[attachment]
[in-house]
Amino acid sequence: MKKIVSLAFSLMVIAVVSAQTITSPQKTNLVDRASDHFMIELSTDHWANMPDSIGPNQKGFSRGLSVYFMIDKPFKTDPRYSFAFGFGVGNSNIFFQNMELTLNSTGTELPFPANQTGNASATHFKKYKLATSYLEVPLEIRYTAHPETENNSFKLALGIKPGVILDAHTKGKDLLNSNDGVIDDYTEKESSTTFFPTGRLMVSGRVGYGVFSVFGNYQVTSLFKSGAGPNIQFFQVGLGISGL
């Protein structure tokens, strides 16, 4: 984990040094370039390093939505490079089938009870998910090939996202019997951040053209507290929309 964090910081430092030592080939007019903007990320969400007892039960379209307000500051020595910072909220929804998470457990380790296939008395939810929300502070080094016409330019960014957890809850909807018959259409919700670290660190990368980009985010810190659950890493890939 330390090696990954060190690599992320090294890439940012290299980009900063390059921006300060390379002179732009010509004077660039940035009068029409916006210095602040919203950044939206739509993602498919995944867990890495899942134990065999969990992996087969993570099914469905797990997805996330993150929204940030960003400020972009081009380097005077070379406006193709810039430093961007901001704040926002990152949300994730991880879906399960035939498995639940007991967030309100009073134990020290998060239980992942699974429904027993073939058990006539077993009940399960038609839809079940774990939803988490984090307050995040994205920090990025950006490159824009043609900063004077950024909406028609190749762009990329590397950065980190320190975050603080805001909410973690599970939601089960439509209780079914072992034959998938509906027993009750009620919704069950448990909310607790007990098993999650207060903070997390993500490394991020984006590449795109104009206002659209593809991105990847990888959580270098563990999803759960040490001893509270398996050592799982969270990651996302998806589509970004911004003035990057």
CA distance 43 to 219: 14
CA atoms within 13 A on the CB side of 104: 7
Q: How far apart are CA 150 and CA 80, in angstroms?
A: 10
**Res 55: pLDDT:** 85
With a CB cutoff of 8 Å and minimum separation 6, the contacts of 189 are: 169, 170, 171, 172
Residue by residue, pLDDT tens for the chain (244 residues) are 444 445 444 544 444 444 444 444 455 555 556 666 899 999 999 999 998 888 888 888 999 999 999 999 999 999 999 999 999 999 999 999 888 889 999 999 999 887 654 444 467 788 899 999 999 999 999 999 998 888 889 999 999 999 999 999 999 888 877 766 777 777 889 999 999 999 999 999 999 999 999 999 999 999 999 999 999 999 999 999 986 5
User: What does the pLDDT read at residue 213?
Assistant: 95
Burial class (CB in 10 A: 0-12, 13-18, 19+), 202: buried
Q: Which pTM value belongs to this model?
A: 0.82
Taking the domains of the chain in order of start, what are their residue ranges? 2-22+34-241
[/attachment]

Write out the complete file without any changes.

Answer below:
[in-house]
Amino acid sequence: MKKIVSLAFSLMVIAVVSAQTITSPQKTNLVDRASDHFMIELSTDHWANMPDSIGPNQKGFSRGLSVYFMIDKPFKTDPRYSFAFGFGVGNSNIFFQNMELTLNSTGTELPFPANQTGNASATHFKKYKLATSYLEVPLEIRYTAHPETENNSFKLALGIKPGVILDAHTKGKDLLNSNDGVIDDYTEKESSTTFFPTGRLMVSGRVGYGVFSVFGNYQVTSLFKSGAGPNIQFFQVGLGISGL
């Protein structure tokens, strides 16, 4: 984990040094370039390093939505490079089938009870998910090939996202019997951040053209507290929309 964090910081430092030592080939007019903007990320969400007892039960379209307000500051020595910072909220929804998470457990380790296939008395939810929300502070080094016409330019960014957890809850909807018959259409919700670290660190990368980009985010810190659950890493890939 330390090696990954060190690599992320090294890439940012290299980009900063390059921006300060390379002179732009010509004077660039940035009068029409916006210095602040919203950044939206739509993602498919995944867990890495899942134990065999969990992996087969993570099914469905797990997805996330993150929204940030960003400020972009081009380097005077070379406006193709810039430093961007901001704040926002990152949300994730991880879906399960035939498995639940007991967030309100009073134990020290998060239980992942699974429904027993073939058990006539077993009940399960038609839809079940774990939803988490984090307050995040994205920090990025950006490159824009043609900063004077950024909406028609190749762009990329590397950065980190320190975050603080805001909410973690599970939601089960439509209780079914072992034959998938509906027993009750009620919704069950448990909310607790007990098993999650207060903070997390993500490394991020984006590449795109104009206002659209593809991105990847990888959580270098563990999803759960040490001893509270398996050592799982969270990651996302998806589509970004911004003035990057």
CA distance 43 to 219: 14
CA atoms within 13 A on the CB side of 104: 7
Q: How far apart are CA 150 and CA 80, in angstroms?
A: 10
**Res 55: pLDDT:** 85
With a CB cutoff of 8 Å and minimum separation 6, the contacts of 189 are: 169, 170, 171, 172
Residue by residue, pLDDT tens for the chain (244 residues) are 444 445 444 544 444 444 444 444 455 555 556 666 899 999 999 999 998 888 888 888 999 999 999 999 999 999 999 999 999 999 999 999 888 889 999 999 999 887 654 444 467 788 899 999 999 999 999 999 998 888 889 999 999 999 999 999 999 888 877 766 777 777 889 999 999 999 999 999 999 999 999 999 999 999 999 999 999 999 999 999 986 5
User: What does the pLDDT read at residue 213?
Assistant: 95
Burial class (CB in 10 A: 0-12, 13-18, 19+), 202: buried
Q: Which pTM value belongs to this model?
A: 0.82
Taking the domains of the chain in order of start, what are their residue ranges? 2-22+34-241